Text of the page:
The Young Avenger
Page 64 of 110

They Keep Killing Steed
By Joseph A.P. Lloyd

Direction: Four out of five. If the opening shot is anything to go by, then we have Robert Fuest keeping up the standard to all intents and purposes. This assessment is valid, for we have some of the most interesting camerawork of the series here, particularly in the quarry where Arcos holds his hordes. A fine effort by Fuest, although there is quite a long period in the middle where not very much happens that is interesting, but I think this might due to the script.

Plot: Three out of five. Very slow pacing in this episode, which seems to completely take place in the space of one afternoon, a very untypical capture for Steed and a car chase without explanation are things which detract from this episode. But, we have a brilliant hero in Ian Ogilvy, who should have been Gambit, a great villain in Arcos, and a method of making doubles which does seem to hold water. A good plot, although a little tired by 1968.

Original Music: Three out of five. With so much recycling going on, it is a bit like a Laurie Johnson's greatest hits concert. But, there is a fabulously spooky main theme, which is like a cross between the themes for "Never, Never Say Die" and "Invasion of the Earthmen," with military overtones. Rather good, but the same piece is repeated too much and there is not enough originality.

With Music From: "The Bird Who Knew Too Much," "From Venus With Love," "Dead Man's Treasure," "Invasion of the Earthmen," "The Curious Case of the Countless Clues," "The Living Dead," "You Have Just Been Murdered," "Silent Dust."

Wittiness: Two out of five. "Dedicated idealist or altruistic opportunist?" Steed to his captor, trying to find out more about his motive. The wit is as slow as the pacing!

Action: Four out of five. This episode, rather like "Dead Man's Treasure," is so full of fights that there are really too many to count. But I will mention Steed versus Steed right at the end, when Arcos changes his face and his clothes in order to look like his captive! Outside, Tara and Von Curt have two separate fights with knives, swords, rags and all sorts of things.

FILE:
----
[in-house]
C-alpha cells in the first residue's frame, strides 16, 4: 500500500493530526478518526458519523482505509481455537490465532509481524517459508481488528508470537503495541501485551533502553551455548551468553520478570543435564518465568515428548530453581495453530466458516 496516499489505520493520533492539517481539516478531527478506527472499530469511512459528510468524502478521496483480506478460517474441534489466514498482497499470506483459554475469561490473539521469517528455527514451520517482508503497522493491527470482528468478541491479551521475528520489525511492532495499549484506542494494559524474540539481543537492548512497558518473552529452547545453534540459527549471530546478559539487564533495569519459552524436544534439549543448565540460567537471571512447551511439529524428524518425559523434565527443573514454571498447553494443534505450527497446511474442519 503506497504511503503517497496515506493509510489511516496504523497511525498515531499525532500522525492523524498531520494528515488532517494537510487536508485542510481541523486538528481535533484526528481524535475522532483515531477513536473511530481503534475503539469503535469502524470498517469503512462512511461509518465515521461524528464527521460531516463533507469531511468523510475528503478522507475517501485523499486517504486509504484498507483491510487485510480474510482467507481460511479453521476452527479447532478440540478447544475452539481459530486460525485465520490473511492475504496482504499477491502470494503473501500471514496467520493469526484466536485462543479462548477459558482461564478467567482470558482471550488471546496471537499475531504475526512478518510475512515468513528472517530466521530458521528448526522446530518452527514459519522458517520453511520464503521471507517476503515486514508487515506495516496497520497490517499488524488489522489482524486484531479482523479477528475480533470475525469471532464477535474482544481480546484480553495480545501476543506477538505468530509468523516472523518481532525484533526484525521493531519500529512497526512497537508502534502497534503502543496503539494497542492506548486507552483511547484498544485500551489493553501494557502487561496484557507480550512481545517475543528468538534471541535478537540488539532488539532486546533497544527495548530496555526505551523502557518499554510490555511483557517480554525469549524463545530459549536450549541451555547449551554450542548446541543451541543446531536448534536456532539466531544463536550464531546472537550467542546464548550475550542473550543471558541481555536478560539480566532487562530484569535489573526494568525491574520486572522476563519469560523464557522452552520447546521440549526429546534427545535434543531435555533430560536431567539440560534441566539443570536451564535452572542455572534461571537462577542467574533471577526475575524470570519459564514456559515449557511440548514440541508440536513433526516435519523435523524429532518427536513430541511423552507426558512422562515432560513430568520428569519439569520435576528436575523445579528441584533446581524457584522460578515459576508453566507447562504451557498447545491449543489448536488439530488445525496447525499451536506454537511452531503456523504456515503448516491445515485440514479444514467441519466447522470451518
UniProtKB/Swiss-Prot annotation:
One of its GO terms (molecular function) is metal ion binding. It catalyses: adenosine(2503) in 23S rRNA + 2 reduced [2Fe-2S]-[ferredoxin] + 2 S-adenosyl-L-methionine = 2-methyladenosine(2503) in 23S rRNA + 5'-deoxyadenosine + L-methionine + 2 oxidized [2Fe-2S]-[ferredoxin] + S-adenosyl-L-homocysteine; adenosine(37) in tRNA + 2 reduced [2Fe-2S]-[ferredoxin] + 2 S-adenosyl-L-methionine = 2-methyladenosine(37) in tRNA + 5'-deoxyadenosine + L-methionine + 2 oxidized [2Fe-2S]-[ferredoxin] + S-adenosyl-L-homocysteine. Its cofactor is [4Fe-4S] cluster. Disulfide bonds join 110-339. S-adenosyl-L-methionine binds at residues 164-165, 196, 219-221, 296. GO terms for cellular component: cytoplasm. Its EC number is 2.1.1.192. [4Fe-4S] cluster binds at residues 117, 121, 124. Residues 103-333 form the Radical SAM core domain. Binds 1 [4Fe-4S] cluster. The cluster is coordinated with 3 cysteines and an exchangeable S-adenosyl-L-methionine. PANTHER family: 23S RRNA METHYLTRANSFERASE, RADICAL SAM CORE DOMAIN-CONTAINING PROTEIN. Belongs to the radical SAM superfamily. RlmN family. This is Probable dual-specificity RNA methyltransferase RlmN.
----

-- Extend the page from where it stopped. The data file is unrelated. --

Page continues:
Cars/Sets/Locations: Five out of five. Steed steals a Triumph 2000, and engages in trying to get to the quarry, but why? There must be an explanation scene missing here. Von Curt has a fabulous Mercedes SSK, and there are Rover P5s here aplenty. Most of this episode is also shot on location, but the sets are actually rather good as well, particularly the underground bunker beneath a ruined London Taxi.

Introduction/Tag: Three out of five. When the cover comes off the helmet, and we see Steed's face, but then the double speaks and we realise that it is not him, it is a genuine surprise. This is really good, and totally inexplicable. The sunbathing tag is rather awful, though, and it does not fit in with the story at all.

Overall Impression: A very unpredictable episode, with a brilliant performance from Ogilvy. Mother's Headquarters is underwater, and this does not seem to fit in either. McAnally is a great villain, just as he was in "The Positive Negative Man," with an even more annoying voice! We see that Steed has an affinity for Triumph 2000s, given the choice of rather a few cars in the car park of the Peace Conference. Overall, it is rather an interesting episode and a really good effort. Shame it could not have been shot in Spain, as was the original intention, it might have done something about the pacing.

Rating: Seven and a half out ten.

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Page last modified: 5 May 2017.

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